Today I welcome L.J. LaBarthe to the blog to share her thoughts on the editing process.
1) Tell us a bit about you and your writing
I write a variety of genres—historical, paranormal, dystopian, science fiction lite, and some contemporary. Most of my work thus far has been m/m romance. I'm branching out now, as I want to explore other areas of interest within those genres, not focusing heavily on the romance as much as previously.
I began writing as a child, mostly making up little silly stories to go with the drawings I did. I won a holiday to Alice Springs in the Northern Territory with one of these drawing/story combinations, simply by creating an Aussie Humpty Dumpty, where he had corks dangling from his hat. In high school, I wrote for the yearbook, and I also wrote a fanzine about the local Adelaide music scene (predominately punk/noise/hardcore/metal music) that continued on into university, where I also wrote articles for the Flinders University newspaper one year.
I got into writing novel-length stories via NaNoWriMo, actually; a friend told me about it, and I thought I'd give it a try and see if I could actually write fiction of 50K words in a month. The first time I did it, I astonished myself by writing 100K words in the month! I've never managed to repeat that feat though. I find as I get older, life gets more hectic and busier, and so there's less time to write.
I've so far gone the traditional publishing route, and I've been very lucky to have some wonderful experiences, particularly with Less Than Three Press and Dreamspinner Press.
2) What do you enjoy most about the editing process?
I've gotten some great comments from editors, not just about the grammar, but about the plot, where they've apparently become quite absorbed by it and leave notes like, "OMG! I didn't see that coming," or "Come on, you know your horror movie tropes, [character], don't fall for it!"
Those are always really appreciated. Just as much, I appreciate the comments that I've received at the end of the MS, where the editor has told me how much they liked the book, and how they enjoyed working on it. That is a huge compliment, and I'm always very touched, grateful and overwhelmed that the story got great feedback in its raw form.
3) What do you find hardest about the editing process?
Being my own worst critic. I also get quite involved while I'm working on edits, so when I've come up for air, so to speak, I've found that my back's killing me, my knee has decided to lock up and I'm starving and really want a pizza! I also resent being interrupted while I'm working, whether it be on writing or editing, because that always pulls me out of the flow of things.
4) What are your general thoughts on editing as part of the overall publishing process?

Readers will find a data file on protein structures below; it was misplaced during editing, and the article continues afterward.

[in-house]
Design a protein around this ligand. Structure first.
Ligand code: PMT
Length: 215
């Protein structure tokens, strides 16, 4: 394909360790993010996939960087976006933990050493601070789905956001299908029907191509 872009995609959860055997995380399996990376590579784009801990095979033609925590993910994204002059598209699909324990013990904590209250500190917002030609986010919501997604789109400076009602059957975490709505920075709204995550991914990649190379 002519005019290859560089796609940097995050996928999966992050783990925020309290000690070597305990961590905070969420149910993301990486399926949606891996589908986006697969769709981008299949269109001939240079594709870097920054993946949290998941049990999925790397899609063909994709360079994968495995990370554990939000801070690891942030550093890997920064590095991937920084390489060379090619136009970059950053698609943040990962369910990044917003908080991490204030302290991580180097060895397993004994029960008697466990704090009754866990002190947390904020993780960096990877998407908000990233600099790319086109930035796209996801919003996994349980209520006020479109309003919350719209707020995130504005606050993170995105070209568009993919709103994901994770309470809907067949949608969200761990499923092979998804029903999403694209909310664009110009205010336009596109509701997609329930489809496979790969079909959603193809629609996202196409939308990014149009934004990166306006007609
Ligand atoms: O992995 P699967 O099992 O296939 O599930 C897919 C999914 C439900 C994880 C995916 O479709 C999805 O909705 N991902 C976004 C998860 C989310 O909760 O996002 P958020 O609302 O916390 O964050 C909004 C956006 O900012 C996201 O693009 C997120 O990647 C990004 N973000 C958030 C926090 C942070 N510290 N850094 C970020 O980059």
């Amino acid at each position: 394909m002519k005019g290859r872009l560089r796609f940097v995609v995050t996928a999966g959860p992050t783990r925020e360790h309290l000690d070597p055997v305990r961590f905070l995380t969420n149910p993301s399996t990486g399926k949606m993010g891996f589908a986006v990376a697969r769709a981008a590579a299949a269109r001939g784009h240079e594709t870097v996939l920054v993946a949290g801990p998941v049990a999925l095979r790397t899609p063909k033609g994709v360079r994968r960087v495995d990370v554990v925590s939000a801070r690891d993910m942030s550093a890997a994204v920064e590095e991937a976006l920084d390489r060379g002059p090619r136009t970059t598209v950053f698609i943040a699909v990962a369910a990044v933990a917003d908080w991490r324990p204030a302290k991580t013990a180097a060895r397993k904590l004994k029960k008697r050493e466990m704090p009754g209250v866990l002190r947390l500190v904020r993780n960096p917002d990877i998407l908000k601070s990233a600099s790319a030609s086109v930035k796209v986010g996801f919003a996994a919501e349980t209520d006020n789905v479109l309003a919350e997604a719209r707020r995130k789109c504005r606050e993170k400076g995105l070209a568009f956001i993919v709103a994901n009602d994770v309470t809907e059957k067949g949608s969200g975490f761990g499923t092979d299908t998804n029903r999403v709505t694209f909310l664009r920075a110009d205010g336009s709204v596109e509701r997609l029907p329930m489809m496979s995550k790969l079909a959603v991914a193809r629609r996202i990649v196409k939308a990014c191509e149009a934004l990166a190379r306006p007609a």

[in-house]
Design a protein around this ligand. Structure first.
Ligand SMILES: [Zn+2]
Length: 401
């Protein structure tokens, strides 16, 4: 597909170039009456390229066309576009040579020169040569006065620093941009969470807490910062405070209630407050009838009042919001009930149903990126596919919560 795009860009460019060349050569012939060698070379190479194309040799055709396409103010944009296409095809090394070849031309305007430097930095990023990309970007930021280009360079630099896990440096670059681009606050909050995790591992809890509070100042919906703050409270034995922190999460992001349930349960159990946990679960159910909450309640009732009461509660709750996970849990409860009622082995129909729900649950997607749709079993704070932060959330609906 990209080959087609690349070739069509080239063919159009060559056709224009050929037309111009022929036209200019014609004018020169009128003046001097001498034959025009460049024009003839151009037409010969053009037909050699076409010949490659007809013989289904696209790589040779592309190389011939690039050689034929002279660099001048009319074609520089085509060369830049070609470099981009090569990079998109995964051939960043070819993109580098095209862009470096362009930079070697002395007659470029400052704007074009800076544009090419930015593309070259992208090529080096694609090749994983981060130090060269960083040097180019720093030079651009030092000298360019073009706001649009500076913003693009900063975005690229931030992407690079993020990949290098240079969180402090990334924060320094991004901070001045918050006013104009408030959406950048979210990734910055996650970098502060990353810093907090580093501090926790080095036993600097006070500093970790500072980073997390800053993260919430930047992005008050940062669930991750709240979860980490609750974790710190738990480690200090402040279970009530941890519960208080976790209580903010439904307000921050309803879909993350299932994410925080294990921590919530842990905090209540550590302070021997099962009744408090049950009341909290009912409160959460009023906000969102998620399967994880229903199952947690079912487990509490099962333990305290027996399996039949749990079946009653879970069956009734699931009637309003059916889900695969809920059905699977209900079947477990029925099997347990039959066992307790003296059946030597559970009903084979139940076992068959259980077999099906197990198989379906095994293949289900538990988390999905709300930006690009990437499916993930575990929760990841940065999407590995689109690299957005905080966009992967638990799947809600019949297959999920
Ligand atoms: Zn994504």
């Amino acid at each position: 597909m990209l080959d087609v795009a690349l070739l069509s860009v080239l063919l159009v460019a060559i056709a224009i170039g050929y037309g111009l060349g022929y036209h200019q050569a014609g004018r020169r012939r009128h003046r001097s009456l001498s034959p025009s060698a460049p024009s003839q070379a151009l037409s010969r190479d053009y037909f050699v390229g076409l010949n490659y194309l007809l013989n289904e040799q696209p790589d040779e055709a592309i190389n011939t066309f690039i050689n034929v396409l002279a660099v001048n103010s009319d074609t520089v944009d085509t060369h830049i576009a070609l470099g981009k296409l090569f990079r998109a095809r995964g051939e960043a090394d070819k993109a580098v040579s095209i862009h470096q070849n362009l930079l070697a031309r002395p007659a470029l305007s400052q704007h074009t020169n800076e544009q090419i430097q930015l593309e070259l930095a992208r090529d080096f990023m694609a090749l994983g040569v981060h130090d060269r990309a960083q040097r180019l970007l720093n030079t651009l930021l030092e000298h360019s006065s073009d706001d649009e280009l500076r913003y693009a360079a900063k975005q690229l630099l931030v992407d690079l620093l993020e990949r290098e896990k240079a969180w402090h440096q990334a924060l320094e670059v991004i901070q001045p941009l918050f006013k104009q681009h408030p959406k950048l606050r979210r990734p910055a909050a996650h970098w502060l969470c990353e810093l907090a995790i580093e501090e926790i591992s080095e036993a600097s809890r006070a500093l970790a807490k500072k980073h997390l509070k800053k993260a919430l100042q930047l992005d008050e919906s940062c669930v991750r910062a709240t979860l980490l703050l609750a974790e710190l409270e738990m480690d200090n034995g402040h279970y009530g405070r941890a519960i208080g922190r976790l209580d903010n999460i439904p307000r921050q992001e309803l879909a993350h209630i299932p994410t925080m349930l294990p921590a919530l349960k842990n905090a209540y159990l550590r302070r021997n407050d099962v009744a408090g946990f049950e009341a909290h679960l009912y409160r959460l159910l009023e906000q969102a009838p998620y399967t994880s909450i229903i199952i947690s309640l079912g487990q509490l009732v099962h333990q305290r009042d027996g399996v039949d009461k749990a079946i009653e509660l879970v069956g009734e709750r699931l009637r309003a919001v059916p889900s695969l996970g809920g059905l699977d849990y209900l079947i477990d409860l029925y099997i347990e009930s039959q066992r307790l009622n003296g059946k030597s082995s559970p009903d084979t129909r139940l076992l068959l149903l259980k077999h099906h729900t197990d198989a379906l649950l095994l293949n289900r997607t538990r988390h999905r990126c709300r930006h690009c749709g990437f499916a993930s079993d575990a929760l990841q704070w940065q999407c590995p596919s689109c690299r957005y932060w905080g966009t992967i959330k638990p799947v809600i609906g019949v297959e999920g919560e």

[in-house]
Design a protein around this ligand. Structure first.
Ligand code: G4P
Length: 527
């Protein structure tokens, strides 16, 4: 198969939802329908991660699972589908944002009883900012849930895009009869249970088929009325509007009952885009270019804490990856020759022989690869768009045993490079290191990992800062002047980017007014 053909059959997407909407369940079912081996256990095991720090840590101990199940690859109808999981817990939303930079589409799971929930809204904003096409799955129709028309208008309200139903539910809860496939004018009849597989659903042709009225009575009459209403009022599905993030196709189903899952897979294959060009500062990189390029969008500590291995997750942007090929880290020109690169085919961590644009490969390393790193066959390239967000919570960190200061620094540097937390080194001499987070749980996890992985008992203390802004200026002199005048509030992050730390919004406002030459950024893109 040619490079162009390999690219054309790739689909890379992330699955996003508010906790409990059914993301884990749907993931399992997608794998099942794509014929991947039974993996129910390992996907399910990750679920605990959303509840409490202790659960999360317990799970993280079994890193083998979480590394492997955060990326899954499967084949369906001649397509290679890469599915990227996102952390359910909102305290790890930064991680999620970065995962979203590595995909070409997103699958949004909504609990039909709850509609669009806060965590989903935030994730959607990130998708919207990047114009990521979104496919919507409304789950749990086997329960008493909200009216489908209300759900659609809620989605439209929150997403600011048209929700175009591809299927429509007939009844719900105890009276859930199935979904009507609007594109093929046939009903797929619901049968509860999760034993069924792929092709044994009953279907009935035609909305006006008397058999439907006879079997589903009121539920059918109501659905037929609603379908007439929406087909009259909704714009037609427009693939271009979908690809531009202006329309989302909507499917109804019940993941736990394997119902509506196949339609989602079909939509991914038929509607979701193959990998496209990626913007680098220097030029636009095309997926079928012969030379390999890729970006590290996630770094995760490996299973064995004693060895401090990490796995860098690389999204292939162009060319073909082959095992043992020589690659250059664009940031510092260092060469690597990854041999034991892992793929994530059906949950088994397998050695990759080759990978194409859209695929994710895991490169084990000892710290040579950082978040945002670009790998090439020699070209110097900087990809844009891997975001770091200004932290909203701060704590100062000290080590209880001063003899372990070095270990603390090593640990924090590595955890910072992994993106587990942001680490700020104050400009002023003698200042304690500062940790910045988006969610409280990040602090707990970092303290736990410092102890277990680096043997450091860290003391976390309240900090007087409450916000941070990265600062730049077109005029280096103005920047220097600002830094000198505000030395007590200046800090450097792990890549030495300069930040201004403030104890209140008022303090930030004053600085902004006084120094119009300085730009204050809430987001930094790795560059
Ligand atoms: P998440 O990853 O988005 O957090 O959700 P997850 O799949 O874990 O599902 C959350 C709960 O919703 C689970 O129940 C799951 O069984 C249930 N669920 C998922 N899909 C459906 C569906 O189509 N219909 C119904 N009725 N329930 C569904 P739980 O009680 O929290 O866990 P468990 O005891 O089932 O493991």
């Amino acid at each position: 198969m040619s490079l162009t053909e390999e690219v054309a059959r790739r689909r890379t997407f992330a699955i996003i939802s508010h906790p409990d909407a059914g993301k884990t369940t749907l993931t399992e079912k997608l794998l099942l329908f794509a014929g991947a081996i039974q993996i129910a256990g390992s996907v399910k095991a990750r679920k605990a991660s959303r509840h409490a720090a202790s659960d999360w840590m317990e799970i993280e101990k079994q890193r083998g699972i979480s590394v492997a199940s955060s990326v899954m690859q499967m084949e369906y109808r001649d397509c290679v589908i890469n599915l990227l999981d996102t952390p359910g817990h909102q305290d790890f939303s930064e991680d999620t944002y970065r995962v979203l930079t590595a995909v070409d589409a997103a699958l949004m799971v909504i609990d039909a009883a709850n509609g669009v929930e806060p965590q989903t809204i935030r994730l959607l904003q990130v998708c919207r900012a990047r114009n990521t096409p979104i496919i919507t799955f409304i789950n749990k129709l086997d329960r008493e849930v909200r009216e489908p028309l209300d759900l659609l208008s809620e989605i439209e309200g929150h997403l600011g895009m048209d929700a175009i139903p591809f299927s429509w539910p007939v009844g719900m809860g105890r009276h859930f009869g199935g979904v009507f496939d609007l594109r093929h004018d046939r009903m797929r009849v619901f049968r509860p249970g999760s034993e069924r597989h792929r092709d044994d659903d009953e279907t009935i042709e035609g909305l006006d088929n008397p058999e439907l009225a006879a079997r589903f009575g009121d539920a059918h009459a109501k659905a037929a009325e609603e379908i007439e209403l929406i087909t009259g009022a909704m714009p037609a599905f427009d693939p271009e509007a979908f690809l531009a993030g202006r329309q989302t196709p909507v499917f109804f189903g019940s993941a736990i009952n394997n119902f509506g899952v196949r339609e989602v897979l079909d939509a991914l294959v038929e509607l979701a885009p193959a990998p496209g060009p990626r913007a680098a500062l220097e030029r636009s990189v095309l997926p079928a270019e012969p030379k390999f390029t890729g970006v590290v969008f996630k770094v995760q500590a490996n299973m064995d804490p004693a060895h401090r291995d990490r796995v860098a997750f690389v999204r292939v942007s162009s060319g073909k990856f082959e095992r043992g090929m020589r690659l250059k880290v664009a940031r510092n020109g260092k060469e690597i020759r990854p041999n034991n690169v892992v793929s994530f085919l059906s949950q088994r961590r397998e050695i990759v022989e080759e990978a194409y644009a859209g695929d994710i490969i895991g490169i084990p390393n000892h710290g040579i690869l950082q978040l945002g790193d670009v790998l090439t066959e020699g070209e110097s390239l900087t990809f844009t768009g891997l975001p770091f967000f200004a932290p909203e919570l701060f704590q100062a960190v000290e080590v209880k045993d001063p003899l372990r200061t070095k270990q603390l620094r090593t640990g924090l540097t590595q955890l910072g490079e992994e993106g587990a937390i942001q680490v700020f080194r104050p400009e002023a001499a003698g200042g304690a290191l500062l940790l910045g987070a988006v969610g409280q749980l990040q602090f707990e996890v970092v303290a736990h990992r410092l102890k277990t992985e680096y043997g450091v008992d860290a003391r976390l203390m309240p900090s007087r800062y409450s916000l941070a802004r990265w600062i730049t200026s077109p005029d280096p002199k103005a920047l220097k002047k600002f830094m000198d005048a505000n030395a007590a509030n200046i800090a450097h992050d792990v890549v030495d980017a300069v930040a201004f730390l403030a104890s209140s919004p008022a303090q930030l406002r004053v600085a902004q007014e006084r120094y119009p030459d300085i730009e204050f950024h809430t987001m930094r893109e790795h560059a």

A good editor is worth their weight in gold. If I were to self-publish, I'd still hire an editor to go through and red pen the MS before I formatted and uploaded for self-publishing.
5) What are your top editing-related tips for authors?
Hm. That's a good question!
1. Be kind to yourself. The editor isn't attacking *you*, they want your book to be the best it can possibly be, and nothing they're saying is a personal affront.
2. Drink lots of water, and take breaks. Your body needs to stretch and hydrate just as much as your brain needs time to relax.
3. I find doing edits in one-hour chunks makes it easier to manage, especially when it's a long MS, but others do it all in one sitting, so whatever works best for you. Try different approaches to getting the edit done.
4. If you ever feel the need to argue with your editor, go and stand in front of a mirror and yell at your reflection. There's no need to make your frustrations, if you have any, public.
5. Back up, back up, back up. Whether to a USB stick or to Dropbox or Google Drive, make sure you have a backup of everything, as you go.
About the Author
L. J. LaBarthe is an Australian woman who is a writer, a reader, a daydreamer, a cat wrangler, a carer, a researcher, a music lover, a film buff and a traveller. Sometimes, all at once!
Author of paranormals, historicals, dystopians, sci-fi, fantasy and contemporaries, L.J. was born during the Witching Hour, just after midnight. From this auspicious beginning, she went on to write a prize-winning short story about Humpty-Dumpty wearing an Aussie hat complete with corks dangling from it when she was six years old. In her teen years, she wrote for her high school yearbook, her university newspaper, and produced a fanzine about the local punk rock music scene.
L.J. loves to read complicated plots and hopes to do complex plot lines justice in her own writing. She has won a Rainbow Awards Honourable Mention, an award for Best Historical Gay Novel and another for Best Paranormal Novel. L.J. lives in the city of Adelaide, is owned by her cat and is a carer for her elderly mother.